Roses reward us in many ways-color, fragrance, landscape value, wildlife uses, and so on. You can also use them to make great household crafts and gifts. Here are two rose recipes to try:
This makes a lighter mixture than commercial brands. Choose clean, fragrant dark red or pink petals:
● 2 cups rose petals
● Water to cover
Boil water and pour over petals. Cover and let cool. Strain off liquid into a clean bottle or jar. Refrigerate to preserve.
Optional method: Dissolve ½ to 1 cup sugar in hot water. Simmer with petals for 10 to 15 minutes. Cool and strain liquid into a clean container. Refrigerate. Either method should last for a few weeks.
Here's a simple mix you can make at home:
● 3 to 4 cups dried rose petals, small buds, and leaves
● 2 oz. powdered orris root (a fragrance fixative)
● 2 cups dried cornflowers, marigolds, pincushion flowers (Scabiosa spp.), larkspur, lavender buds, baby's breath, statice, bay leaves, or rose hips
● Rose oil
Place flower ingredients in a glass bowl or plastic bag. Gently mix in rose oil and orris root. Store in an airtight container for 2 to 3 weeks in a dark spot. Shake or stir periodically. Use in glass or china bowls or in sachets.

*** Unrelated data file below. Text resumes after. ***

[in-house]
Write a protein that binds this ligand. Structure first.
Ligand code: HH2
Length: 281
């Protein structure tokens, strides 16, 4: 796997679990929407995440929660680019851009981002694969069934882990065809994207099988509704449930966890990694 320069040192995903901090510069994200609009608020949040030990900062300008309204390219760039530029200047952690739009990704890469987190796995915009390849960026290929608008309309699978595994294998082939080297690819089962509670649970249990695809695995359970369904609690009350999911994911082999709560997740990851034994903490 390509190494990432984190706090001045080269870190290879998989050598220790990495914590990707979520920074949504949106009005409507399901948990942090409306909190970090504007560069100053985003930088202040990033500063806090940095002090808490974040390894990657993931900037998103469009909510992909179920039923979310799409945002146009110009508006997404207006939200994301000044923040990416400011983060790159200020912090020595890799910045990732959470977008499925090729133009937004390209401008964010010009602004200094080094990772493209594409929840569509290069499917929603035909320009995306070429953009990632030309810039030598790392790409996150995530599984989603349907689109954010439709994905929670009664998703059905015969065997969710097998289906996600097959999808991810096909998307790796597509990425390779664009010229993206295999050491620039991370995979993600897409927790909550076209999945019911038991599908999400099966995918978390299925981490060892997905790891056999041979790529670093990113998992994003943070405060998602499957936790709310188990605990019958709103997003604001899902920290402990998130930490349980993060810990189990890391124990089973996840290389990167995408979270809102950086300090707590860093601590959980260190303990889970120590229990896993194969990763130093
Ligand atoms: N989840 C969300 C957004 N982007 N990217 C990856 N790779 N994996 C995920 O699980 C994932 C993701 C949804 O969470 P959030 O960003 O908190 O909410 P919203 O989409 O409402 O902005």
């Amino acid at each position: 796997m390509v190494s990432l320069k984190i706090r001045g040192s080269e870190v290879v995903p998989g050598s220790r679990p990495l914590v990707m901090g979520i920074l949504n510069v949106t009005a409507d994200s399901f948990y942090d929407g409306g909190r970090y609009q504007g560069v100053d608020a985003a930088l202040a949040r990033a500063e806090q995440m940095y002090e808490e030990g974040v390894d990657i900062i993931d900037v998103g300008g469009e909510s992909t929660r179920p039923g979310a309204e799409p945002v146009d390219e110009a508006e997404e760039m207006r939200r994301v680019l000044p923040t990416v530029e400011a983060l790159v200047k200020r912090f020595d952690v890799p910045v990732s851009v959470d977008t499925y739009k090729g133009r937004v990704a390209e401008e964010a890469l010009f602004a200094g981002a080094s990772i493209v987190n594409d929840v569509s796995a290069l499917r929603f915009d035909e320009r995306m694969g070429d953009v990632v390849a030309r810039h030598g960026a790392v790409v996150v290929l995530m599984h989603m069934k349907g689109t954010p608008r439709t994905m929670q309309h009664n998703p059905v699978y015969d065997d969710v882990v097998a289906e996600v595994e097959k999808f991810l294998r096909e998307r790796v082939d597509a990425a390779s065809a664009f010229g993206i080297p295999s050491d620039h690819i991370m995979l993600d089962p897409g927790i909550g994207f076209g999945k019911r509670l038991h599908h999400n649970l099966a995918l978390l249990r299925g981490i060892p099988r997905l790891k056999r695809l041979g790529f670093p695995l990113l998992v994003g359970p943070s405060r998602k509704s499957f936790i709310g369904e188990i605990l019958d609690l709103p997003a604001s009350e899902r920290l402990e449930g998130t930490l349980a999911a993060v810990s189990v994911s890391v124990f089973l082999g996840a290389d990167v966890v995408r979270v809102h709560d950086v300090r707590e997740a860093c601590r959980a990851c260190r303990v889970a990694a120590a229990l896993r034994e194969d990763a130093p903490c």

Caution: Use only unsprayed roses for crafts. Also: When harvesting roses, wait until dew has evaporated-wet petals may rot. Some rosarians trim off the bitter whitish "heel" at the base of a petal.
Top roses for scent and crafts
Gallica, Damask, and Bourbon roses are good choices for fragrance and color. Some top varieties:
‘Apothecary's Rose' (deep pink)
‘Charles de Mills' (mauve)
‘Kazanlik' (deep pink)
‘Mme. Hardy' (white)
‘Mme. Isaac Pereire' (deep pink)
‘Souvenir de la Malmaison' (light pink)
For colder areas, try ‘Hansa', a Hybrid Rugosa with a spicy fragrance and lots of petals.